Handling social situations

It is indeed tough for a child to attend birthday parties and not eat all that has been offered most of which is with sugar. I used to check with the host about the menu beforehand, explain to them that he has an allergy and recreate as best as possible similar stuff at home, pack it in a goody bag and send it with him. An example could be a chocolate cupcake, some cutlets with homemade tomato sauce and dry fruit laddoos. Initially, his friends used to stare at his food and ask him but nowadays they themselves say that it looks yummy and ask him what it is made of.

Even my mom has kind of come around and makes traditional Indian jaggery based sweets like kheer, coconut barfi, etc with jaggery or dates.

Buying from the store when pressed for time

I am not a purist and sometimes opt for store-bought stuff when life gets in the way. Some easy hacks are jaggery peanut bites, NAKD brand of healthy bars, raw sugar-free cakes at some vegan restaurants, dry mango or apple slices etc. He is happy with them.

Throwing a birthday party


Image credit:DanaTentisvia Pixabay.com

Last year I celebrated his party with a few friends. The menu was a home baked cake, beetroot burgers, and coconut milk payasam.

This year was even better and I made it grain free - Raw carrot cake, potato ‘cheesy bites’ and veggie barbecued skewers. It was a hit with all. Next time he is asking for the same menu!

Travelling

I make dry fruit and nut laddoos which stay for sometime or carry along some homemade nut butters. Fruits are always carried. I also bake some potato wedges or pack some fresh juices. When he feels like indulging we eat at raw food restaurants or we buy dry mango or apple slices, date and nut bars etc. It keeps him happy.

Decision making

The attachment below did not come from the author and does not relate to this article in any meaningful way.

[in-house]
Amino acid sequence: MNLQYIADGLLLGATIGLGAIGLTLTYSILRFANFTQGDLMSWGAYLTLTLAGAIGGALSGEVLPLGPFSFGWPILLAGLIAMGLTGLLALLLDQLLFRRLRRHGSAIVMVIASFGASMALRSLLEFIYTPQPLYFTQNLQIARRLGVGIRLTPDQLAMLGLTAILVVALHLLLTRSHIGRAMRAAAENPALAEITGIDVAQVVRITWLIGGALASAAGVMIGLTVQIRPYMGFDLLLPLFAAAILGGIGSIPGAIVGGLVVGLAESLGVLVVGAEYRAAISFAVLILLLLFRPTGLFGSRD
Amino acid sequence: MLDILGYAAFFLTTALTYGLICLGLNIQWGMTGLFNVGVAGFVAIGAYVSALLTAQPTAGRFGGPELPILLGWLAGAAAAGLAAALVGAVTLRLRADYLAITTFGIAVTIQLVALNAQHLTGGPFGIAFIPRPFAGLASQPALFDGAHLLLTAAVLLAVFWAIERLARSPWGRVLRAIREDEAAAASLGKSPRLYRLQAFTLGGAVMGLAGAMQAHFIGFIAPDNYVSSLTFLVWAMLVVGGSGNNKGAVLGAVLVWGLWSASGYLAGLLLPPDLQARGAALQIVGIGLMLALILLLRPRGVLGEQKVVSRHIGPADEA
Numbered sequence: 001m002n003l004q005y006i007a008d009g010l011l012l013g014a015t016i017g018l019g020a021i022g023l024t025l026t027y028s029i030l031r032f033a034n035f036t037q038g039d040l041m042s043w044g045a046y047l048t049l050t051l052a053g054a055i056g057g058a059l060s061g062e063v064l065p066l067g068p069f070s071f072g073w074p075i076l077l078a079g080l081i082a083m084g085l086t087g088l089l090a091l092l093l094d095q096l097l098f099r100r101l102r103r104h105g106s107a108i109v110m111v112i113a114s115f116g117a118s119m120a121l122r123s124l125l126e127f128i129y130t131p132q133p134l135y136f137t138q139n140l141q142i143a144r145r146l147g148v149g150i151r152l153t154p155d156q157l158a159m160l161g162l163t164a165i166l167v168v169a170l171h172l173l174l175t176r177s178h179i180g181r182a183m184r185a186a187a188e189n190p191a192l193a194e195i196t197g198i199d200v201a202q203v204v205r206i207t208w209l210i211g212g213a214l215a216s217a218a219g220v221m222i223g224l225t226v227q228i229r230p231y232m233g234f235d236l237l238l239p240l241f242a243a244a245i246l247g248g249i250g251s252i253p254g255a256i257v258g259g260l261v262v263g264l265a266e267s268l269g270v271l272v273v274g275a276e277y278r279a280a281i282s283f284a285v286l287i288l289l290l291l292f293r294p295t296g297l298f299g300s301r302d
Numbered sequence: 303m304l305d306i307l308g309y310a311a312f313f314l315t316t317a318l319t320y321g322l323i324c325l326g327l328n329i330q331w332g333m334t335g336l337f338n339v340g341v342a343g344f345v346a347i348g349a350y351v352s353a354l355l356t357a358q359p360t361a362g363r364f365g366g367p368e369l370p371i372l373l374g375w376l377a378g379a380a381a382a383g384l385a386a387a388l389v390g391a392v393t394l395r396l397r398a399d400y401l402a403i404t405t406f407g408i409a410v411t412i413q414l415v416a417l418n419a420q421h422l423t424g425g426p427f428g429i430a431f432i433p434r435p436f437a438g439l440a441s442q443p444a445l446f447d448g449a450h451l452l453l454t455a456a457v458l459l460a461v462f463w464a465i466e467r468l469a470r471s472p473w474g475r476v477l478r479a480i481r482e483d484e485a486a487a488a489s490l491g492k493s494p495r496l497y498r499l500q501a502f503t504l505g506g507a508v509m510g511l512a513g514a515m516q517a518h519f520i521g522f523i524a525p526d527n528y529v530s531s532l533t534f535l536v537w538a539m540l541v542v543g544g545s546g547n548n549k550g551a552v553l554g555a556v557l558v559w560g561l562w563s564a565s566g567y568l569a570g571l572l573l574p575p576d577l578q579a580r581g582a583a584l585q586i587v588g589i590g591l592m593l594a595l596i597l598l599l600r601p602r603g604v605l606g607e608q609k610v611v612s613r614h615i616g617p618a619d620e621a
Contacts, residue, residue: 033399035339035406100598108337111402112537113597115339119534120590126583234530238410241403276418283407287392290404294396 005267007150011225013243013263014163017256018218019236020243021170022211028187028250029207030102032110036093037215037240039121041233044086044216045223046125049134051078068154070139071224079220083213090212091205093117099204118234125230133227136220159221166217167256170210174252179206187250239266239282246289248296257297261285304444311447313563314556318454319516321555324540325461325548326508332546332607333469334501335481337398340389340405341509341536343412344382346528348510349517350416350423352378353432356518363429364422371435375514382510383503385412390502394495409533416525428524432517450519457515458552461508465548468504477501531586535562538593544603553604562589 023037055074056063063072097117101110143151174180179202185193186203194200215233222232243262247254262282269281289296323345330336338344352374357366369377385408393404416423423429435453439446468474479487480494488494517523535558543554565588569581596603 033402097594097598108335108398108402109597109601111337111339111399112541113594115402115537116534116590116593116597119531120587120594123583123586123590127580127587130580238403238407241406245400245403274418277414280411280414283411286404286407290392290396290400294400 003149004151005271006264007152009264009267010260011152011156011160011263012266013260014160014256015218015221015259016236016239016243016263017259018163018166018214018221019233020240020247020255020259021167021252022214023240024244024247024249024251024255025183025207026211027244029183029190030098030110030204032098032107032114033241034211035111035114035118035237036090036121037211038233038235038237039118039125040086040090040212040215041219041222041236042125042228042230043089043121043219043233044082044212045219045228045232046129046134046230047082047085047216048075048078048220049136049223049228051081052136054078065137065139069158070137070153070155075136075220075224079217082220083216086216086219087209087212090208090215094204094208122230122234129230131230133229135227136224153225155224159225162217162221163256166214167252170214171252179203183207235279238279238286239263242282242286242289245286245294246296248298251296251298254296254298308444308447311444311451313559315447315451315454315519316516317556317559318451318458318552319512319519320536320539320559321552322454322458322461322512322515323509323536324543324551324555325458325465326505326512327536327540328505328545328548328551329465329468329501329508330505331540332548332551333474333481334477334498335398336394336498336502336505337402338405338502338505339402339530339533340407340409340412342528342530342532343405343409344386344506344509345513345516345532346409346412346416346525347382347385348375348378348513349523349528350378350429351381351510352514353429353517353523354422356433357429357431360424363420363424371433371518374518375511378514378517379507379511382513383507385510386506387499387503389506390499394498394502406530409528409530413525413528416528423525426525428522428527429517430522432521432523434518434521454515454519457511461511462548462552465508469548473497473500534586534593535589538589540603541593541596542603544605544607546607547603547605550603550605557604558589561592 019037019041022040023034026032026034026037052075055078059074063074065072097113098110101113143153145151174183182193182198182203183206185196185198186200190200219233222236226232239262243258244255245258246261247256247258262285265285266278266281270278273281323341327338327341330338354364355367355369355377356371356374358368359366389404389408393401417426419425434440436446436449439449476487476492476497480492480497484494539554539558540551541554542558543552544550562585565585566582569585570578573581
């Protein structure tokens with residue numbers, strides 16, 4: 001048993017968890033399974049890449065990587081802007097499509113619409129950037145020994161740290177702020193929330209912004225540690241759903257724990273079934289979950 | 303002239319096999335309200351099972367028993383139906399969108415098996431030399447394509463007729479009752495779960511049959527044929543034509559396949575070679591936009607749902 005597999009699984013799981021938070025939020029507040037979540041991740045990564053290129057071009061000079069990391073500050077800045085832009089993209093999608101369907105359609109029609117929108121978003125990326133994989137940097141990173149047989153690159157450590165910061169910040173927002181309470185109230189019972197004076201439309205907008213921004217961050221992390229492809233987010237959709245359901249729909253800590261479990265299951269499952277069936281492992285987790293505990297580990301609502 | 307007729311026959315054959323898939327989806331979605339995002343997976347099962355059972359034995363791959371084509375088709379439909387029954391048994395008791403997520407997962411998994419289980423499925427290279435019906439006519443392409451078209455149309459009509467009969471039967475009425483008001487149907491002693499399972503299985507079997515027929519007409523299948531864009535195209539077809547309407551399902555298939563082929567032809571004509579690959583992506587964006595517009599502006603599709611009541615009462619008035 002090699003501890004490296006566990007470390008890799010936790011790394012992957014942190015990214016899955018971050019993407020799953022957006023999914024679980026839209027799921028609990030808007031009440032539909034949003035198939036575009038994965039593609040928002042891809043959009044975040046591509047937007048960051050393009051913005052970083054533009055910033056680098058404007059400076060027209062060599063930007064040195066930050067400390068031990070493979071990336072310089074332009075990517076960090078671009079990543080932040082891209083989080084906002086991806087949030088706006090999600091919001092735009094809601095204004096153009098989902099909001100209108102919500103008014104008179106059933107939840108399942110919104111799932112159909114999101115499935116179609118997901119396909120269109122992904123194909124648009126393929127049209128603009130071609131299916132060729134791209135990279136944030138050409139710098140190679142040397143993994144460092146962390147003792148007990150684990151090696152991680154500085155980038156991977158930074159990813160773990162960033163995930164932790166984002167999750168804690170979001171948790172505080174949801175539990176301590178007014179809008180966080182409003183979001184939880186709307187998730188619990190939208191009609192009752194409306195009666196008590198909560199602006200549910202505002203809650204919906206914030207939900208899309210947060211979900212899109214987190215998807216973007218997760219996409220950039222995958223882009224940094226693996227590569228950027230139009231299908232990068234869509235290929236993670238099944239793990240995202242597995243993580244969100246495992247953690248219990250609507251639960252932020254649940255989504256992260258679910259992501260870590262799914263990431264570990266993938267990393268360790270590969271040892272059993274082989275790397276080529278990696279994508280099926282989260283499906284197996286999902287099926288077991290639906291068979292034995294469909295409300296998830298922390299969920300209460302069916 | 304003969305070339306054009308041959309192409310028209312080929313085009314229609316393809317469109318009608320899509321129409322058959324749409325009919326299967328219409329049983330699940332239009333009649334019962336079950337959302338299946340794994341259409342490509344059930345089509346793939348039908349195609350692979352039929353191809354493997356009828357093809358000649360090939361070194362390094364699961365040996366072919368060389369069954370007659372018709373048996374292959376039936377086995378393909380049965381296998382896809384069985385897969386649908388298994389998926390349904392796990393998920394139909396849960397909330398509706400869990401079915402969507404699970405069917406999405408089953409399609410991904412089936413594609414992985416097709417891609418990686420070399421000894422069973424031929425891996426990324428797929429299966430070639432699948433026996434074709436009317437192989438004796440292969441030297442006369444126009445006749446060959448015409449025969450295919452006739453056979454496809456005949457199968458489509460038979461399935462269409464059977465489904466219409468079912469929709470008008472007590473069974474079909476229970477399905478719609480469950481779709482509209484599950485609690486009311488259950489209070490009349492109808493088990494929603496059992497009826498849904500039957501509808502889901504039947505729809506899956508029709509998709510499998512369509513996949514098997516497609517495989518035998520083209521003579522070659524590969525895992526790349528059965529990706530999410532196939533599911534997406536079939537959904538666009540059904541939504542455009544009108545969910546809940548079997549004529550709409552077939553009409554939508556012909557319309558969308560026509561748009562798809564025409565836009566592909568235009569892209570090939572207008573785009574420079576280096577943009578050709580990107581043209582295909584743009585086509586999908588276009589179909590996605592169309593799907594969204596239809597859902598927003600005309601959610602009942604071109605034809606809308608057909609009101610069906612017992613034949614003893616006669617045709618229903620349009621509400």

As he has grown older, we discuss a lot about the good and bad of off the shelf products, how they are made, how it affects health etc

It does not come easy, it Is a balancing act. Most of the days he is co-operative but sometimes when he is tired, he gets cranky and unreasonable. A quiet talk with him away from other adults around and promising him healthy treats later works.

Each child is different and you have to figure out what works with your child. If you child has asthma, allergies, frequent coughs and colds, attention issues it is very important that you start cutting down on sugar. Catching them young is important and it becomes easier to manage them. Even if your child is healthy, it is important to curb this habit because we all know the toughest habits to break are the ones we had from childhood.

Conclusion

I don’t know about the future. As he grows older, he will make his own choices. He may or may not be adhering as strictly as now. As a mother, I can only hope that I have given him a taste of the sugar-free life, the healthier alternatives and hope he chooses the better option.

Websites I refer to for recipes


Title image credit:congerdesignvia Pixabay.com



Disclaimer: The health journeys, blogs, videos and all other content on Wellcure is for educational purposes only and is not to be considered a ‘medical advice’ ‘prescription’ or a ‘cure’ for diseases. Any specific changes by users, in medication, food & lifestyle, must be done under the guidance of licensed health practitioners. The views expressed by the users are their personal views and Wellcure claims no responsibility for them.